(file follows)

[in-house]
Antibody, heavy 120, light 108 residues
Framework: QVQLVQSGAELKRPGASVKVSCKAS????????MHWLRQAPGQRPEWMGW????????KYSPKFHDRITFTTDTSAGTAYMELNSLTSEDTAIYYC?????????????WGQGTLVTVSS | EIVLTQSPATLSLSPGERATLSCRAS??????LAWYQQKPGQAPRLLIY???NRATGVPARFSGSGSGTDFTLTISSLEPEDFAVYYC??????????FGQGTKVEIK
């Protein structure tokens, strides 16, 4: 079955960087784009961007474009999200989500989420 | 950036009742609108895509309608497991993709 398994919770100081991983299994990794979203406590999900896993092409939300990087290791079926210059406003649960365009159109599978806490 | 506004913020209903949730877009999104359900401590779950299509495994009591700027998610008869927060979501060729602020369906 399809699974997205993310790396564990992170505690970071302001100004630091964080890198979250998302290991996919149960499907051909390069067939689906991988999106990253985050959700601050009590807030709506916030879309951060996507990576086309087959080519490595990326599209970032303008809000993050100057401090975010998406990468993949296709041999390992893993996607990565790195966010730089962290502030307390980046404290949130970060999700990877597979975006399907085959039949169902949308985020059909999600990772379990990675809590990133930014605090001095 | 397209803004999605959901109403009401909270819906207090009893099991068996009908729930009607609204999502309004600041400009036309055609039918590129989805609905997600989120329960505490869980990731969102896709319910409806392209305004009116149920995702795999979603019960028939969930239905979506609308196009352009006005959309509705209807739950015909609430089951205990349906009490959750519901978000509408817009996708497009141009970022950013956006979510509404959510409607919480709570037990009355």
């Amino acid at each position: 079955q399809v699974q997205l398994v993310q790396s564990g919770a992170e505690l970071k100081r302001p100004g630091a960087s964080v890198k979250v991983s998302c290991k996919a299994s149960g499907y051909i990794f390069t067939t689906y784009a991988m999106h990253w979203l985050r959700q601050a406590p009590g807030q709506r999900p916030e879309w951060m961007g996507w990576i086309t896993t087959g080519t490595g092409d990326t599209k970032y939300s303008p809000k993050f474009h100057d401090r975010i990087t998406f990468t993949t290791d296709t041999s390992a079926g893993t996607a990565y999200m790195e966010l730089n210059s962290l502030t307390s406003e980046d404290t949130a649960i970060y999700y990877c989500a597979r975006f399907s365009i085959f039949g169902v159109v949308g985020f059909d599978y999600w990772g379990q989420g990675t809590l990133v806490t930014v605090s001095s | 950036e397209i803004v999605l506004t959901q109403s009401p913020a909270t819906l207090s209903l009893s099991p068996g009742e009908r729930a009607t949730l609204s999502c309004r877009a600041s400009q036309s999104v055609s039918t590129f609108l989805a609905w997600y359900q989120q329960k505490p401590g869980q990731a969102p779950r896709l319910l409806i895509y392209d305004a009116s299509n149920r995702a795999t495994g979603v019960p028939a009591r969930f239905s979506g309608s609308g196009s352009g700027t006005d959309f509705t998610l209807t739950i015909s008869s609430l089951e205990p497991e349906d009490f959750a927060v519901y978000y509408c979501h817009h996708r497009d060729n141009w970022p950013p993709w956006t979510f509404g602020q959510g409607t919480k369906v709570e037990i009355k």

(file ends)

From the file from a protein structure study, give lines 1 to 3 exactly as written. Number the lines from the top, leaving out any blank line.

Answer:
[in-house]
Antibody, heavy 120, light 108 residues
Framework: QVQLVQSGAELKRPGASVKVSCKAS????????MHWLRQAPGQRPEWMGW????????KYSPKFHDRITFTTDTSAGTAYMELNSLTSEDTAIYYC?????????????WGQGTLVTVSS | EIVLTQSPATLSLSPGERATLSCRAS??????LAWYQQKPGQAPRLLIY???NRATGVPARFSGSGSGTDFTLTISSLEPEDFAVYYC??????????FGQGTKVEIK